Lines E.R.,University of Cambridge |
Zavala M.A.,CIFOR INIA |
Zavala M.A.,University of Alcalá |
Purves D.W.,Microsoft |
Coomes D.A.,University of Cambridge
Global Ecology and Biogeography | Year: 2012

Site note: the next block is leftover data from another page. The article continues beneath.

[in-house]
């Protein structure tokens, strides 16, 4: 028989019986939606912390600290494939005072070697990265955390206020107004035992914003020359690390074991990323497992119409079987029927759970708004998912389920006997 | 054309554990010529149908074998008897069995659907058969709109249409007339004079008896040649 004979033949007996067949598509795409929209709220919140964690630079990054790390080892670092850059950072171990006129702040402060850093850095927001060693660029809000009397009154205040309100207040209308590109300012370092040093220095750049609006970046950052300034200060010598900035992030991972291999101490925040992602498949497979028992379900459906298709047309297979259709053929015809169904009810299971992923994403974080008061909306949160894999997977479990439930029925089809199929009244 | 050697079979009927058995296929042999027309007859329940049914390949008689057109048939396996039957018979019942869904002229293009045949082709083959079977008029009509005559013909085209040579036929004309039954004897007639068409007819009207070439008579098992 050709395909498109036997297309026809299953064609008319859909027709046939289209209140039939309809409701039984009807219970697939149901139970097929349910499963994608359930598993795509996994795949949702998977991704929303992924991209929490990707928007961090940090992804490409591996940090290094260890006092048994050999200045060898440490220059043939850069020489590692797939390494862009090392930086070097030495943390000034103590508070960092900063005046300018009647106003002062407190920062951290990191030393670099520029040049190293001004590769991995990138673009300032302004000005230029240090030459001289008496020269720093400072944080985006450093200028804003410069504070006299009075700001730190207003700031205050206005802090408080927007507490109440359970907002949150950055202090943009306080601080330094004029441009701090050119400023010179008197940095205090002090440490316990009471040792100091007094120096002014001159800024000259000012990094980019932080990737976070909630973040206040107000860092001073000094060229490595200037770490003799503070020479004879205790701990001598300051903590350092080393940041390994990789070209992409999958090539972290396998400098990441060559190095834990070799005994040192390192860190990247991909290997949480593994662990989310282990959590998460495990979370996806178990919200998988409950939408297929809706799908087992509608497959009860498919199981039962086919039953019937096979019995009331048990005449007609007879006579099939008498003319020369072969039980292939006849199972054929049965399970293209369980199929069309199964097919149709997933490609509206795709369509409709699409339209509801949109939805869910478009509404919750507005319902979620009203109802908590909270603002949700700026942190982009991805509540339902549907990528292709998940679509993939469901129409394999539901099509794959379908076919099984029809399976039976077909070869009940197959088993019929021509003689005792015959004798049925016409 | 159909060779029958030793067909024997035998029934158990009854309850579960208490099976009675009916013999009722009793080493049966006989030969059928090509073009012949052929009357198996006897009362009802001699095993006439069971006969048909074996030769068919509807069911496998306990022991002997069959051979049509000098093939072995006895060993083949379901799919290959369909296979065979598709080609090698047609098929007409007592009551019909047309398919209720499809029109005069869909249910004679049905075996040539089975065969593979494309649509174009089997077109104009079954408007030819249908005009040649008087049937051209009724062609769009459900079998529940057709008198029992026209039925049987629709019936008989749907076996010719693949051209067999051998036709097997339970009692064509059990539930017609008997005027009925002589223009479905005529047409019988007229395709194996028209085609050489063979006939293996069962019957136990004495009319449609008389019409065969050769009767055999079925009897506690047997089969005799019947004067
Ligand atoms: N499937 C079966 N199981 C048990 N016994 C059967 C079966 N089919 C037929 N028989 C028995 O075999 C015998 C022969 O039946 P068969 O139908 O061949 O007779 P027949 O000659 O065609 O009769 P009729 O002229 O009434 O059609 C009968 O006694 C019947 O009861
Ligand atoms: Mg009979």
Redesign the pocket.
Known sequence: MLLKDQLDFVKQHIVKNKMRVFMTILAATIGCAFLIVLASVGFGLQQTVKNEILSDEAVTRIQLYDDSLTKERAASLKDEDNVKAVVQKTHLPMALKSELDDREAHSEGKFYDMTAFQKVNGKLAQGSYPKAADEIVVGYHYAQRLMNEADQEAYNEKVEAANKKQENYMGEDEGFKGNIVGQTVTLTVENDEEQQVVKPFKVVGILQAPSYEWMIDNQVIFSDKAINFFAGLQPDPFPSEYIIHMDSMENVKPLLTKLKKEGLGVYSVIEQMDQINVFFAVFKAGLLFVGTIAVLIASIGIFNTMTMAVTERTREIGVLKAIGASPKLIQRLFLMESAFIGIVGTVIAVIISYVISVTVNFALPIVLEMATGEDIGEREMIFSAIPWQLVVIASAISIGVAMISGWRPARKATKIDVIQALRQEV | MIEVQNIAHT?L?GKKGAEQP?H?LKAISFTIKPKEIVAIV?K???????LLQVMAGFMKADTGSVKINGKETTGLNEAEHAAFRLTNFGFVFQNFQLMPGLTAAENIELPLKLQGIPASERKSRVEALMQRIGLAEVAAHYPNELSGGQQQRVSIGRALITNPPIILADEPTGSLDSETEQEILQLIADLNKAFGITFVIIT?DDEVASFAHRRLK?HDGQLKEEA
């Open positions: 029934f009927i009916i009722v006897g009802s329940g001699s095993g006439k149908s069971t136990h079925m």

Aim Trees are often observed to get shorter and more narrowly crowned in dry regions and at high elevations. We explore how this pattern is driven by two opposing factors: competition for light makes it advantageous to extend branches to their biomechanical limit, whereas under cold or arid conditions it is advantageous to have shorter branches, thereby reducing the length of the hydraulic transport system and embolism risk. Using data from 700,000 trees of 26 species, we quantify how environmental conditions influence the scaling of height and crown diameter (CD) with stem diameter (d.b.h.). We compare our predictions with those of metabolic scaling theory (MST), which suggests that allometry is invariant of environment. Location 48,000 inventory plots that systematically sample mainland Spain, a region in which climate varies strongly. Methods We fit d.b.h.-height and d.b.h.-CD functions using Bayesian methods, allowing comparison of within- and across-species trends in allometry along gradients of temperature, precipitation, drought and competition for light (i.e. the basal area of taller trees). Results The competitive environment had a strong influence on aboveground allometry, but all trees were far shorter than predicted by biomechanical models, suggesting that factors other than biomechanics are important. Species that dominate in arid and cold habitats were much shorter (for a given diameter) than those from benign conditions; but within-species heights did not vary strongly across climatic gradients. Main conclusions Our results do not support the MST prediction that d.b.h.-height and d.b.h.-CD allometries are invariant, or that biomechanical constraints determine height allometry. Rather, we highlight the role of hydraulic limitations in this region. The fact that intra-specific adjustment in d.b.h.-CD - height allometry along environmental gradients was far weaker than across-species changes may indicate genetic constraints on allometry which might contribute to niche differentiation among species. © 2012 Blackwell Publishing Ltd.